I assume that as obviously fewer cars are needed on the road at 12pm than 8am, there would be a mass exodus of share cars to parking depots out in woop woop at the end of the morning peak, and a return of them toward the inner suburbs in the afternoon.

Mass transit will have a greater role than it does today. The scale and speed from a dedicated right-of-way will be unmatched. Services will be much more frequent (if no staff costs) and as a result much more useful.
People will be pushed onto mass transit to escape the gridlock created by the number of car trips increasing so much, which itself will have been partially due to people switching from using public transport to using car sharing if it becomes so cheap.

We could see public transport disappearing from some places, particularly out in the suburbs where now it functions as a welfare service for the car-less, because the cost of ride sharing will drop to a point where it can perform the same role.
 

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Whether or not you get two way gridlock depends on whether or not you build a rail network that comprehensively outclasses end to end car transport.

If you do, then you end up with more people using a car to get to their nearest station.
If you don't then yeah, the motorways will fill up with cars as usual.

Here's a bit more theory..

https://en.wikipedia.org/wiki/Downs–Thomson_paradox
the equilibrium speed of car traffic on a road network is determined by the average door-to-door speed of equivalent journeys taken by public transport.
And this effect holds true, even if you gain "efficiencies" from autonomous driving abilities.
 

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Discussion Starter · #16 ·
I can see that a extensive train and light rail public transport system coupled with shared autonomous car as a service platform to be needed to combat traffic during peak hour while coming and going from work,no point having autonomous cars dropping people to work then returning to the suburbs empty to pick another person to take them to work,does not make sense,autonomous fleet cars dropping passengers at a nearby train station or light rail station and the person boarding the train or light rail to the city makes much better sense

Electric cars whether self driving or not do not have any tail pipe emissions,can't wait for dirty polluting internal combustion engine cars to be replaced by electric cars especially diesel cars ,trucks and buses

I never really considered that once fleets of autonomous electric cars are common place and people stop owning cars that there will be heaps of garage space available,I guess people will just fill there garages with other stuff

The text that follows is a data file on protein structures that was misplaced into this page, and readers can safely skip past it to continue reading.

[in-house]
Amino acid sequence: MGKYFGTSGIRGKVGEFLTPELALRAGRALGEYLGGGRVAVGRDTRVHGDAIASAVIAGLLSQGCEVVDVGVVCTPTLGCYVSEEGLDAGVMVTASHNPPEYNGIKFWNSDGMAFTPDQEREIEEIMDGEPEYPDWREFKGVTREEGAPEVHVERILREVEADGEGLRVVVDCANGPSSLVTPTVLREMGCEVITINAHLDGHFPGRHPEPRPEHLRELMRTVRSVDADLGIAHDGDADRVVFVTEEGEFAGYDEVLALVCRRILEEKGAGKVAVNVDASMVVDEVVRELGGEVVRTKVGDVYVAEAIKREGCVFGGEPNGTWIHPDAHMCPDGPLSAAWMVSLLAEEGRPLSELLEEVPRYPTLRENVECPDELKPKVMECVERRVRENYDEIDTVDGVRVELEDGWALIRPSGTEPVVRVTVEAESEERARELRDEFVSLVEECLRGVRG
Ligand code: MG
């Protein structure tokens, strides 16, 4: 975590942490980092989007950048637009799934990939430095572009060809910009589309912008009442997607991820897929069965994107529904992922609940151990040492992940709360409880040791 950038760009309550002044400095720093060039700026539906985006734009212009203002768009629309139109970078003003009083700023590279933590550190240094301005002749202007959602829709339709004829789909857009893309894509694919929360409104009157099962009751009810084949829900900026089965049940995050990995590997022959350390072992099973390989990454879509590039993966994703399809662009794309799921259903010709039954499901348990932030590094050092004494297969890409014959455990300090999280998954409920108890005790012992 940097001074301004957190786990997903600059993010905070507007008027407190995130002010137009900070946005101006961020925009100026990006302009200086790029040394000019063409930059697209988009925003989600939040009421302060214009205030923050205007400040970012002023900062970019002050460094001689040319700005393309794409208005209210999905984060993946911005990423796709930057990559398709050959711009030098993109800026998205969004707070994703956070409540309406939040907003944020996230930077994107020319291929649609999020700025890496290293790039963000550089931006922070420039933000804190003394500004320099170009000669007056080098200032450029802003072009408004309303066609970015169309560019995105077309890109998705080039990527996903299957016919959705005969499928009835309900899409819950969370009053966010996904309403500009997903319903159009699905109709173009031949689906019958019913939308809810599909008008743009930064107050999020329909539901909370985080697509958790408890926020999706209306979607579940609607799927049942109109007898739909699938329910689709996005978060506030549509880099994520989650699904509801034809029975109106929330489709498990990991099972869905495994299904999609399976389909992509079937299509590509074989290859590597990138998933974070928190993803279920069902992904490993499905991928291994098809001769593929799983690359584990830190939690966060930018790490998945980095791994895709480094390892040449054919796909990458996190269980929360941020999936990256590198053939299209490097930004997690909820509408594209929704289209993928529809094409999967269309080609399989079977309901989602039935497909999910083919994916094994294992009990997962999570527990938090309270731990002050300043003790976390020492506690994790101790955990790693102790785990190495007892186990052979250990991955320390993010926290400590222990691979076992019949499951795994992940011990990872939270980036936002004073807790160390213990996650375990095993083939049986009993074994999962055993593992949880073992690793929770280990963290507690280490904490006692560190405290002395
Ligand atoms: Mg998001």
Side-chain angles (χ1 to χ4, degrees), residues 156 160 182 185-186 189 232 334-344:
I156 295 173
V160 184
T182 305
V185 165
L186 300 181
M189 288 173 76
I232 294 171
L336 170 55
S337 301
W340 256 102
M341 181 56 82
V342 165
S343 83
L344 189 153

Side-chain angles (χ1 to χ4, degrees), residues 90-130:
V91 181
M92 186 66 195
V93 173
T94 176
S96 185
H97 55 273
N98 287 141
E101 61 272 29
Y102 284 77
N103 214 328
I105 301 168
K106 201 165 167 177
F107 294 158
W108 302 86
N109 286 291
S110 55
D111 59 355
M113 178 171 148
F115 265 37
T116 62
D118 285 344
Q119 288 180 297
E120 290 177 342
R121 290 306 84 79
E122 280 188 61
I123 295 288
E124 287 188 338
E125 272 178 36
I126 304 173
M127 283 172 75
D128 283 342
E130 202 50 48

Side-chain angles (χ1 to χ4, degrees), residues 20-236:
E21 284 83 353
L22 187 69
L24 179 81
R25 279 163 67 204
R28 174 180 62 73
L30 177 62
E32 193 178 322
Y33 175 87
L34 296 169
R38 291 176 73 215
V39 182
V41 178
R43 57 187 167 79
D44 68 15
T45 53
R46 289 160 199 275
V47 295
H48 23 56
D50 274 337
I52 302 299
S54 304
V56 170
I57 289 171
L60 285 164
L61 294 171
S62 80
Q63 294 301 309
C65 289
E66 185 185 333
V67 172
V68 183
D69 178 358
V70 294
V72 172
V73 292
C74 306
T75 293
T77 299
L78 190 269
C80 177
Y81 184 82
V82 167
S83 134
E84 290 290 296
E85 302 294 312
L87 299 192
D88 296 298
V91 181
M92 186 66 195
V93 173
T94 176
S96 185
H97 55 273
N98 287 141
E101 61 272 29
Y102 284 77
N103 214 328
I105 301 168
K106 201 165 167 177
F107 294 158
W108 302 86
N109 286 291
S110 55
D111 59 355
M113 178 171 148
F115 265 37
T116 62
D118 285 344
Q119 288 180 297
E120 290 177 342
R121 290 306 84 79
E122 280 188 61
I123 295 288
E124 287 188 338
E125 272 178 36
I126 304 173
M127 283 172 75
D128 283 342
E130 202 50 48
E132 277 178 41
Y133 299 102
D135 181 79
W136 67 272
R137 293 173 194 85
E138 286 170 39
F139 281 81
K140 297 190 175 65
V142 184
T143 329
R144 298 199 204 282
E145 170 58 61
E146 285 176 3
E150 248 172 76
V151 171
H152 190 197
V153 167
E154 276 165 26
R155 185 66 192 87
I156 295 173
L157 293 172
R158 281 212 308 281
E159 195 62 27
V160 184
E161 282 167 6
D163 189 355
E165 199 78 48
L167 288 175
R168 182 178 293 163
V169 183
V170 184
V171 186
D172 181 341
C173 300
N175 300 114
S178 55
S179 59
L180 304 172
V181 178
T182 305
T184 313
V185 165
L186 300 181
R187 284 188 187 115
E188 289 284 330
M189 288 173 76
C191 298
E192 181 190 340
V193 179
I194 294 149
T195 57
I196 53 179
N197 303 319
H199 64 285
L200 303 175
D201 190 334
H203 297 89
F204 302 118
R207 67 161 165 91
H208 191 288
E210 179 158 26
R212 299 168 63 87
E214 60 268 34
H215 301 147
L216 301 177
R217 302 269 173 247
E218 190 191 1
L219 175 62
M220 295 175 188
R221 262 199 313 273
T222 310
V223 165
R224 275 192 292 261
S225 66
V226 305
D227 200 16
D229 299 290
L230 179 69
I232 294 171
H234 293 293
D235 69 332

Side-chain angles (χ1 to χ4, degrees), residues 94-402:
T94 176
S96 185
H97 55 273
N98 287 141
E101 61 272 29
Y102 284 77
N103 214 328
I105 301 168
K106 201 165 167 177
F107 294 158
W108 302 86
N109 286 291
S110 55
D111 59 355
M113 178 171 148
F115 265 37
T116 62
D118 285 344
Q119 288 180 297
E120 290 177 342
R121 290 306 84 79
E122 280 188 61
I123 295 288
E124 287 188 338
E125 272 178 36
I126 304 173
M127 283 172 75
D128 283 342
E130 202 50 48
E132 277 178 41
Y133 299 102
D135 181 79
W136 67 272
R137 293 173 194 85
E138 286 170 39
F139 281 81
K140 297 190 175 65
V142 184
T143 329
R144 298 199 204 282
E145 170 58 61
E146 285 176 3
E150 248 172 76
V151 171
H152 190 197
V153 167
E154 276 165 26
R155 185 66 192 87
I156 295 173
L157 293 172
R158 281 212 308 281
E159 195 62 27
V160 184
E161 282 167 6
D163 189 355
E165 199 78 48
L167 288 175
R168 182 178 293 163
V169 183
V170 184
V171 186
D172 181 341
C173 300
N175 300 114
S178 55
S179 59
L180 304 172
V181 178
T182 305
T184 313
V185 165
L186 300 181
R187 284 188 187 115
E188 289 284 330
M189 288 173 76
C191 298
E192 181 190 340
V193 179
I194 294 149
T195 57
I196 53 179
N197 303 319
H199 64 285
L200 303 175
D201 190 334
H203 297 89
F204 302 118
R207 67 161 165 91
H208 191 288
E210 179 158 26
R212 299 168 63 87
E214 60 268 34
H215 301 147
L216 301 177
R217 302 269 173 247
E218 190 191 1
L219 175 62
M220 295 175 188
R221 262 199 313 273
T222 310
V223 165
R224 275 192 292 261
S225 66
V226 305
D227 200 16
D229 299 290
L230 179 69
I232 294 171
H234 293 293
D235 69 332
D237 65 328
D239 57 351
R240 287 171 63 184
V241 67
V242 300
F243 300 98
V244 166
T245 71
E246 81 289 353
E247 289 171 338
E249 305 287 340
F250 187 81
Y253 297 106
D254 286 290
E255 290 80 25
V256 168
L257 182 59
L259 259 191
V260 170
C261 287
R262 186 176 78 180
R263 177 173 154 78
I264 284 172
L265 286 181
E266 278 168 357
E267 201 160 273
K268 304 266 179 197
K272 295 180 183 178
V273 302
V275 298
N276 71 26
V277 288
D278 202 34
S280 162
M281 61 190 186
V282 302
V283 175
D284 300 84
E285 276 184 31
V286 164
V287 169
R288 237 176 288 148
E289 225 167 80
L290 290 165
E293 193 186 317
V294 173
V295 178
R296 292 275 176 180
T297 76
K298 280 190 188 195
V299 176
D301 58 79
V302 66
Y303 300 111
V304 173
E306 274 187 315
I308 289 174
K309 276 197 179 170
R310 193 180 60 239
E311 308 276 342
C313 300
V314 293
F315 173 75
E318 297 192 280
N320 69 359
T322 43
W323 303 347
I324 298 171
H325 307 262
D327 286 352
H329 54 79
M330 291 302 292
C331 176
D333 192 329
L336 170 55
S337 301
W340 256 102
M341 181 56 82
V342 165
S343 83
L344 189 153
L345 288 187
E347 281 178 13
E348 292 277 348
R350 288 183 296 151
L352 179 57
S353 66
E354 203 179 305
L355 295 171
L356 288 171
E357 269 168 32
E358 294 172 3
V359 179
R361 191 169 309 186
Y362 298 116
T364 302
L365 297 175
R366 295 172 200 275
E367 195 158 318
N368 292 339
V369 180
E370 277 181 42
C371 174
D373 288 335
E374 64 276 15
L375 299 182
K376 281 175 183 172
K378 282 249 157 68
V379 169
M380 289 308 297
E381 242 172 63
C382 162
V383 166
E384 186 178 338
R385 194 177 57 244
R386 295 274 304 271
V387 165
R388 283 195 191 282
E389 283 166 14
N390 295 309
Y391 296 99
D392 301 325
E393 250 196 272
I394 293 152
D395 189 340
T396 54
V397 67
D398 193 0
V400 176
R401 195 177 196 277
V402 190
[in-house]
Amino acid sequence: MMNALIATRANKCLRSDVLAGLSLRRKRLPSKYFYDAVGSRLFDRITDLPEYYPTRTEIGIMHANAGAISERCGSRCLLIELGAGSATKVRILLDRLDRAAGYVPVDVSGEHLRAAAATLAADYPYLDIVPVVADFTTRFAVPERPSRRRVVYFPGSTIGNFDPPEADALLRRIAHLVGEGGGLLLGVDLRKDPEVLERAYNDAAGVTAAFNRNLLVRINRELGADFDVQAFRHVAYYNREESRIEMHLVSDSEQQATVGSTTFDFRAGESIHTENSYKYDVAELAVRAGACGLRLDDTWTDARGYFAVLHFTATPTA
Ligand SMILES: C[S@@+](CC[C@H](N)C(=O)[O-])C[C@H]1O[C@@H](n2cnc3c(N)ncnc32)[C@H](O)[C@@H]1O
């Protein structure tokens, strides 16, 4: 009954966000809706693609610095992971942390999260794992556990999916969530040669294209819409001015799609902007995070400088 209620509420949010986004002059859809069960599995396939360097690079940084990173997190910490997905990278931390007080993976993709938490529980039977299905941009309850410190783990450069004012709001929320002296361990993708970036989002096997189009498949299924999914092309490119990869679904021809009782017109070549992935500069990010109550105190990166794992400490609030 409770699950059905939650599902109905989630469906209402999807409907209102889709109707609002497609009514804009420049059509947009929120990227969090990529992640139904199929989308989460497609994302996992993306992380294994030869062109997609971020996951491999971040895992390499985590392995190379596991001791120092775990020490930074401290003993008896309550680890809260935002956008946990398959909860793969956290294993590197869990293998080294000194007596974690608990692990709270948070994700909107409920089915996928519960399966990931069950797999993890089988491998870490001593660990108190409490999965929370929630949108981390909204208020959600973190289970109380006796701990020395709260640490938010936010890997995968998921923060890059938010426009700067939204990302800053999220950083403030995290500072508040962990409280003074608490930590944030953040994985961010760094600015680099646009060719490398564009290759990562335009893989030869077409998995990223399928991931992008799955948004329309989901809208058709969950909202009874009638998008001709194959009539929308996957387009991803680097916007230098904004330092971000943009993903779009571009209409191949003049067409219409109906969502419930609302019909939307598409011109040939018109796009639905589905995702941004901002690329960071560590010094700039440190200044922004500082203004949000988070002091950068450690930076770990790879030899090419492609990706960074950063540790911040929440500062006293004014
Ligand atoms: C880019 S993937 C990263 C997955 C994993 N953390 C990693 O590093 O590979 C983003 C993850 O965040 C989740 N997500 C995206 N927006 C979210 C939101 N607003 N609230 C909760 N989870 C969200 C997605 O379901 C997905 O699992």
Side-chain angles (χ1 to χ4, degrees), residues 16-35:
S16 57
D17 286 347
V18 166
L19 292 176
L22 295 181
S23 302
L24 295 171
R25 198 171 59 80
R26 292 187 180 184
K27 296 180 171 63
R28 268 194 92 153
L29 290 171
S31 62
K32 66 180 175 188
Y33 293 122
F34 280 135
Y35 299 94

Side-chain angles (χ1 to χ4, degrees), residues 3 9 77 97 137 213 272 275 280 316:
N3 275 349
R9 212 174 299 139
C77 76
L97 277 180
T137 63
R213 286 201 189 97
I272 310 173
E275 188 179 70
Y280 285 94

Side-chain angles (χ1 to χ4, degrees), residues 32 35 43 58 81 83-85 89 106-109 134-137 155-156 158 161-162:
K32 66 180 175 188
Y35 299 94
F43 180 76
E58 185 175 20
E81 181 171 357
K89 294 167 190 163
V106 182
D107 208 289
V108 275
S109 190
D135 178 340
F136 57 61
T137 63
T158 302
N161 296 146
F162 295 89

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New Laws should prevail...like, anyone living within 5km...I wanted to say 10 km...but hang in there...of the CBD should be banned completely from driving a car into the city. They can walk, ride a bike or take a train, tram or bus...then further out people can drive so they have some semblance of life. I know...I know many see driving in traffic is loathsome yet it is not really. You have your own space in comfort with your own media or music...air conditioning to your specifications and no harassment. OK...there is road rage but you don't need to get involved and as someone who drives an electric car and often uses Autopilot yet at the same time never gives in to it...yet...know the world is heading this way. Scream and yell or abandon the sense that the world is not about you...or me. Next, electric cars or Uber will not drive you to work then go home by itself as all that does is make a one way trip doubled...so if a car delivers you to you work place it will immediately go to the next closest person to take them to their destination and onward. People who like to own their own car will still do that but pay a premium in data travel...to replace fuel excise.It is all simple and there in front of you...Anyone who may think they know me know I am no Greenie or lefty or even wealthy...but electric cars are the future and not so far ahead. You can own an electric car and have solar on the roof and storage on the garage wall so you hardly ever need to use the supercharger network unless you travel longer distances...no problem even here in Australia. If you follow news you see Chicago has announced it will use Tesla to run a fast network from the CBD to O'Hare in 12 minutes using Tesla pods...based on current Model X structure. Get with the future people...Current freeways will prove to be far more benefit with fast transit of cars close together at speed making heavy rail an antiquated 19th century expensive anomaly...lastly, I get that most of you still haven't experienced time travel so again I feel frustrated and bereft...yet...can still smile.